I’ll sleep in this place with the lonely crowd;
Lie in the dark where the shadows run from themselves.

White Room (Eric Clapton on guitar)

Summer of 2016: Reflections

In Chapter 4 of It’s Never Too Late to Begin Again, Julia Cameron says:

When we retire (or no longer work onsite), we lose our familiar daily touchstones, the crossing guard we waved hello to, the man at the security desk who knew our name, the cashier in the cafeteria, the midmorning coffee break routine we looked forward to. We were accustomed to friendly faces and kindly greetings. Retired (or whatever), we need to generate new touchstones. I ask newly retired people to make a list of twenty-five things they love. This list, deceptively simple, often becomes a source of new and old touchstones.

Exactly! I’ve been having these feelings and at first I couldn’t pinpoint why. Of course, it makes so much sense. And this is why Facebook just didn’t work for me. It was fun to post an update or a photo and have people come by and hit “like” but it wasn’t the same as somebody stopping by your cube to chat or to wave as they went by or invite you out for coffee or lunch. This is what I’ve been missing. I enjoyed that interaction with my peers.

While I’m no longer surrounded by peers, I get a similar feeling when I’m out walking the neighborhood. For example, one guy is out jogging and waves or says, “Two miles if you follow the sidewalk.” Or the neighbor across the street waves when I’m sitting on the porch and he pulls into his driveway. Or I’m wearing my Disney visor, and the neighbor kids smile and say “hi” to me as I walk by. These moments are priceless.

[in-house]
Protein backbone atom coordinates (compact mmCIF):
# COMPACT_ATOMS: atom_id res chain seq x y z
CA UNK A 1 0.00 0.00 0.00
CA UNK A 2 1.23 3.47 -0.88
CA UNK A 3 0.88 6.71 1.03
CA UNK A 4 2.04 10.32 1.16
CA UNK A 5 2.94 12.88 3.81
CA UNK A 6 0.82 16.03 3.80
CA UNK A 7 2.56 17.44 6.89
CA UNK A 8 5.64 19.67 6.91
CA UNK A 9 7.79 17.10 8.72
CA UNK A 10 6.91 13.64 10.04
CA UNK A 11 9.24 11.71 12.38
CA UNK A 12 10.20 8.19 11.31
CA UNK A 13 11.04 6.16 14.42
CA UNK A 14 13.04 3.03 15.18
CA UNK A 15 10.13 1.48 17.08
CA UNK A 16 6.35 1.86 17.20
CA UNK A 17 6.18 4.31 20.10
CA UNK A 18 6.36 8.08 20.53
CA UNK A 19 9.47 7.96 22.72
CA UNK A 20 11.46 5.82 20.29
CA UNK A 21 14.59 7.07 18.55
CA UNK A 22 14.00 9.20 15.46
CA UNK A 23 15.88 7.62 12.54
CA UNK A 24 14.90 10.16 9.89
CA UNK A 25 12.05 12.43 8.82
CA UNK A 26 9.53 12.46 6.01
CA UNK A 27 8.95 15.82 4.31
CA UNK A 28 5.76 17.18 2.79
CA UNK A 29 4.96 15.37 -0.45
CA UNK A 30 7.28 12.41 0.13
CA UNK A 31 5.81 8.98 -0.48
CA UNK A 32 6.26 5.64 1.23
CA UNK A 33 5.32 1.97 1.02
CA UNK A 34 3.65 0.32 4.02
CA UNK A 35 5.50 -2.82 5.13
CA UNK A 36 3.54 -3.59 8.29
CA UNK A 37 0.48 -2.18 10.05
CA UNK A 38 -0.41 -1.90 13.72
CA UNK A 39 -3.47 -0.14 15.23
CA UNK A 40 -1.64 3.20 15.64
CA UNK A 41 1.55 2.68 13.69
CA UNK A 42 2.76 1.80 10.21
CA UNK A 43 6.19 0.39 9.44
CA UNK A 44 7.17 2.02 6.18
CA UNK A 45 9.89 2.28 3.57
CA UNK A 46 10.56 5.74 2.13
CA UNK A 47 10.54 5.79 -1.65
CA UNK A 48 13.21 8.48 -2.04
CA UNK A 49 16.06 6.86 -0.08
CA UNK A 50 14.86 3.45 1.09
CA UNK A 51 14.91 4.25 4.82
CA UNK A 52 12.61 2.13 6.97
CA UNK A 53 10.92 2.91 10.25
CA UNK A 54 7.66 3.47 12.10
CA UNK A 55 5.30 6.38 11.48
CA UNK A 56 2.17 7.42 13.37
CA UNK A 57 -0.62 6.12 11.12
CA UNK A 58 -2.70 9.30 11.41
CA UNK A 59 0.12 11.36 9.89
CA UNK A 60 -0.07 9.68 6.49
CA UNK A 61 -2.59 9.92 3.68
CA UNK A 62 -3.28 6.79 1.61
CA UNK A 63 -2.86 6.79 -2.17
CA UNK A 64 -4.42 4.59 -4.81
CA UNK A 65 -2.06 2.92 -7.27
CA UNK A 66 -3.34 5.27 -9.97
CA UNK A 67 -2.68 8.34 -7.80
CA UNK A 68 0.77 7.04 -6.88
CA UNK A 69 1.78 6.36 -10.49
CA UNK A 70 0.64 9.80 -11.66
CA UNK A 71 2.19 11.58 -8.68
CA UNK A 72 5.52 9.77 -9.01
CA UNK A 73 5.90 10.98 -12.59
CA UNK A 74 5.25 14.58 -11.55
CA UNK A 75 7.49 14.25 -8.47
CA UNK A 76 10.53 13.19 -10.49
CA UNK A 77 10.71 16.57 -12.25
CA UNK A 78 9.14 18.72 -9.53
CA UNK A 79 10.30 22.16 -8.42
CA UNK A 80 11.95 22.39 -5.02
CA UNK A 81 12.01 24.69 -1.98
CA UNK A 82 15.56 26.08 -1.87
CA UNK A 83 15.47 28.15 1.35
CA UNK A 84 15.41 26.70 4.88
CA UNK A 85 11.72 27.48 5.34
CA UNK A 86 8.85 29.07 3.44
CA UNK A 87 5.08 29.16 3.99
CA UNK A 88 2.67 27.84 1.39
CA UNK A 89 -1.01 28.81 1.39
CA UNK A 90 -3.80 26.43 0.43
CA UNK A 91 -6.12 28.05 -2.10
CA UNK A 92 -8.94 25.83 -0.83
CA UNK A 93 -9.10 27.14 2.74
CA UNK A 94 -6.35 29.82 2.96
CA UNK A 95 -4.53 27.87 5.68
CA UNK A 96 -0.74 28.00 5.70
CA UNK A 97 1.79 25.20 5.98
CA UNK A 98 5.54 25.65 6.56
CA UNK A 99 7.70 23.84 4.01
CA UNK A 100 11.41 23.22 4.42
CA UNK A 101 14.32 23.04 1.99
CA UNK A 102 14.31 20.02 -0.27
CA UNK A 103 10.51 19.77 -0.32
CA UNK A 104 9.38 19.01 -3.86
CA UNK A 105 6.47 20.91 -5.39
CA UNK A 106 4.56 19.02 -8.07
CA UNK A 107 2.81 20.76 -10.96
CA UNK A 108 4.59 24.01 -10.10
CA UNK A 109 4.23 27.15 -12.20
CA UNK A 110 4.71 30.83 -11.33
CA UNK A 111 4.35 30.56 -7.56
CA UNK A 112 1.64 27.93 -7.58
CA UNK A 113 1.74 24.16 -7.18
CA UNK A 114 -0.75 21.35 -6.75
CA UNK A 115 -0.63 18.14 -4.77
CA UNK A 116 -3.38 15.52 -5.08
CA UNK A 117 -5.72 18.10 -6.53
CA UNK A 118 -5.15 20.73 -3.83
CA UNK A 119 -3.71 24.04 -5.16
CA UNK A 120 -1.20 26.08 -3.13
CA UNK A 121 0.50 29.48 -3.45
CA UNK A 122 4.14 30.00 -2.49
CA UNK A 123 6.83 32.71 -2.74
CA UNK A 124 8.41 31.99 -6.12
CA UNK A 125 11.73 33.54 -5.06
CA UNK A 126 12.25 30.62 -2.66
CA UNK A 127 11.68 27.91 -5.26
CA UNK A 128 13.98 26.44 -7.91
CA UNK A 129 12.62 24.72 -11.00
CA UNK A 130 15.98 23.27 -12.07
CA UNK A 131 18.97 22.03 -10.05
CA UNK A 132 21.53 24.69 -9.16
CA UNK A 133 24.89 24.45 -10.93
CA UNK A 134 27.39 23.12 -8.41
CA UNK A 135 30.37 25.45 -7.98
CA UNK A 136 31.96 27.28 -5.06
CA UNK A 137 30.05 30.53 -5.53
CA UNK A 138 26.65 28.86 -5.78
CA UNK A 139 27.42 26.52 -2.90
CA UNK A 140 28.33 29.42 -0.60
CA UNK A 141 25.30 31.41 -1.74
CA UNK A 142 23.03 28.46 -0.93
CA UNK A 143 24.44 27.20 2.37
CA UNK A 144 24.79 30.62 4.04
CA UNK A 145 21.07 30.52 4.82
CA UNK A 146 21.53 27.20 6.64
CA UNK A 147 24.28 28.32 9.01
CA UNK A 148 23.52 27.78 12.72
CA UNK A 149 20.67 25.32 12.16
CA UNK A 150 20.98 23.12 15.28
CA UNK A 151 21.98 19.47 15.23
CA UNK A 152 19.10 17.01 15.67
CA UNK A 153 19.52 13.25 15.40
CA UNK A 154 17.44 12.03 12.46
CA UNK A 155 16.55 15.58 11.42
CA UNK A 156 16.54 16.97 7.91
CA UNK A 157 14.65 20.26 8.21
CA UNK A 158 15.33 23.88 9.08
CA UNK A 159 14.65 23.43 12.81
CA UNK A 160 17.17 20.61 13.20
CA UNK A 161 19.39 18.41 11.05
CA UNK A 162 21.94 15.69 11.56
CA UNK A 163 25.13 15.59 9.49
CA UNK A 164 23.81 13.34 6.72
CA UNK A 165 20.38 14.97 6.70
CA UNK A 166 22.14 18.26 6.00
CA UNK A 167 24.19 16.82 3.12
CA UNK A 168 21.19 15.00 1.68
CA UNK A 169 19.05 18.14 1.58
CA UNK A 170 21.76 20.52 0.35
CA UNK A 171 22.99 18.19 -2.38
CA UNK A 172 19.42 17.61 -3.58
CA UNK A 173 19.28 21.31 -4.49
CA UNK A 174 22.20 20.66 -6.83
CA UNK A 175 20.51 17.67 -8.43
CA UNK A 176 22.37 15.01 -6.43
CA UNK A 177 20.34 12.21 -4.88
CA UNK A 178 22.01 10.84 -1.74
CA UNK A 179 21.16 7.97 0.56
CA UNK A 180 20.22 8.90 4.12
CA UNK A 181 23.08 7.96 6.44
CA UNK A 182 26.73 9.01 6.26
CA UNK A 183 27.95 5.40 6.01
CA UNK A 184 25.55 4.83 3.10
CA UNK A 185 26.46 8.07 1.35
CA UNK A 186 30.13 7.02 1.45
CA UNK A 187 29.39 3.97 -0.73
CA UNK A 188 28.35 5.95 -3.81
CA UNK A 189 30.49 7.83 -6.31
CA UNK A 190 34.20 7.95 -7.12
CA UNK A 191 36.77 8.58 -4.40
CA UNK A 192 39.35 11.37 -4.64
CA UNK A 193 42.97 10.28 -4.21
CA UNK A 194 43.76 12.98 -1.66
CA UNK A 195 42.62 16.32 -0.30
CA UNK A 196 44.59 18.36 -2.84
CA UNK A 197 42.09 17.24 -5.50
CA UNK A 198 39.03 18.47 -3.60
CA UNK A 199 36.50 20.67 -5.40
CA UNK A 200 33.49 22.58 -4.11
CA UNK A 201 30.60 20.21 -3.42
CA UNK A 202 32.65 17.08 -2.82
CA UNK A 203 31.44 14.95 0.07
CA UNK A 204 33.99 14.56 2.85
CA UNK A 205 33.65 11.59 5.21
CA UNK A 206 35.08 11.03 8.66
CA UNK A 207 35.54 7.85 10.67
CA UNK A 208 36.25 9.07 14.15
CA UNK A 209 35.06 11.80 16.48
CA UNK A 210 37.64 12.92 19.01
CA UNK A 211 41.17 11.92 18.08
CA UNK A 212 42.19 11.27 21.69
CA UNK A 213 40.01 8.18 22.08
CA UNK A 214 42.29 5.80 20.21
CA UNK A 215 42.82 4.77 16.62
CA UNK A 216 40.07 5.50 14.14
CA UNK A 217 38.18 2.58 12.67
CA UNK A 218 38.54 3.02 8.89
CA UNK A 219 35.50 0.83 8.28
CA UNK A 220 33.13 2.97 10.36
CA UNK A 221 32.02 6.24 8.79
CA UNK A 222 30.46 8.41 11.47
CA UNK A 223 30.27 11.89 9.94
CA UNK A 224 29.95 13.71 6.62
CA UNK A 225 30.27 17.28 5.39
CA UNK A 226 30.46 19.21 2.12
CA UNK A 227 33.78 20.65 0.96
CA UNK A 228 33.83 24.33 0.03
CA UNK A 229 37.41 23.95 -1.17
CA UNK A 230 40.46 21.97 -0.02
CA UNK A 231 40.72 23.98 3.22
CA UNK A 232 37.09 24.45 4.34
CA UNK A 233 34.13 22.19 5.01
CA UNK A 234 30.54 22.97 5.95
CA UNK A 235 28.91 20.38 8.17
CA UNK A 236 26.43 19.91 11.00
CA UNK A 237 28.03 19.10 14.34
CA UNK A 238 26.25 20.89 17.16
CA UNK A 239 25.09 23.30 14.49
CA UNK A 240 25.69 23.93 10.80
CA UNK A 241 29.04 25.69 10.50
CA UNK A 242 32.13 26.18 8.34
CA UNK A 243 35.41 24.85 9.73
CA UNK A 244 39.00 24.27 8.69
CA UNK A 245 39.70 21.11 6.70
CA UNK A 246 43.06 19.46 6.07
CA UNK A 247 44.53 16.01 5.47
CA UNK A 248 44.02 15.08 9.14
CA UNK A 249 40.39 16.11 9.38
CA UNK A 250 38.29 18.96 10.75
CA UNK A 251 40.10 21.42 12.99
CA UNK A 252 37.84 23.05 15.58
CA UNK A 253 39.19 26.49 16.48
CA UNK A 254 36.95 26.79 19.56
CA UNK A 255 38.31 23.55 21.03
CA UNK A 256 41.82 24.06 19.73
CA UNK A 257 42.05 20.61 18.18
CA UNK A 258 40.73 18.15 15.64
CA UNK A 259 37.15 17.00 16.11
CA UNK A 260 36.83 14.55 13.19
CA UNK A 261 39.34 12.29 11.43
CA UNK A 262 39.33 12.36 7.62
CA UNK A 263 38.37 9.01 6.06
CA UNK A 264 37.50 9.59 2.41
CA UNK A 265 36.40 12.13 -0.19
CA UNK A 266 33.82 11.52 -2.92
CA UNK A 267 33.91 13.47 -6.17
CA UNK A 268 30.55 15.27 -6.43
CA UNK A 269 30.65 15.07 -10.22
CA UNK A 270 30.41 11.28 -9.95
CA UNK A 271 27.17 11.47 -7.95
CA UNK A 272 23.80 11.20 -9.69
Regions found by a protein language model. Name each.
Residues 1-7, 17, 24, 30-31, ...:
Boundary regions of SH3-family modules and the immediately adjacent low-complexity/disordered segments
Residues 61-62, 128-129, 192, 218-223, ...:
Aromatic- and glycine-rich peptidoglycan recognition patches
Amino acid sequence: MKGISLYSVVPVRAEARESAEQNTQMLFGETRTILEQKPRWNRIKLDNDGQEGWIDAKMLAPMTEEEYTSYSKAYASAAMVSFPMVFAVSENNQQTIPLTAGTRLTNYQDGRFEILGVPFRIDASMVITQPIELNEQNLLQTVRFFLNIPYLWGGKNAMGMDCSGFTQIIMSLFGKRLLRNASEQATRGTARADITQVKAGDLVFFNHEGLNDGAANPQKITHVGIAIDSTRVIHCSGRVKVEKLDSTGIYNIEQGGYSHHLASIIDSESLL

Just like the “Summer of 2015,” one of the main purposes of blogging the “Summer of 2016,” is to remember those times in my life when I was very independent and satisfied with that. I worked swing shift at a major printing company in San Francisco designing and writing copy so I had the days free to explore, walk, sunbathe by the pool, watch soap operas (before TiVo or even VCRs), or make travel plans. I was content doing that without the internet, without email, without social media.

Thankfully, we do have the internet and I can blog about it. 🙂

Ironically, one of my clients is a San Francisco company and I’m designing and writing copy for them on a freelance basis in my home office in Las Vegas. (You might have noticed I change my blog design quite frequently – that’s the designer in me.) So it brings back those memories of living that lifestyle when I was in my 20s, and I can kinda re-create it here this summer like I did last summer.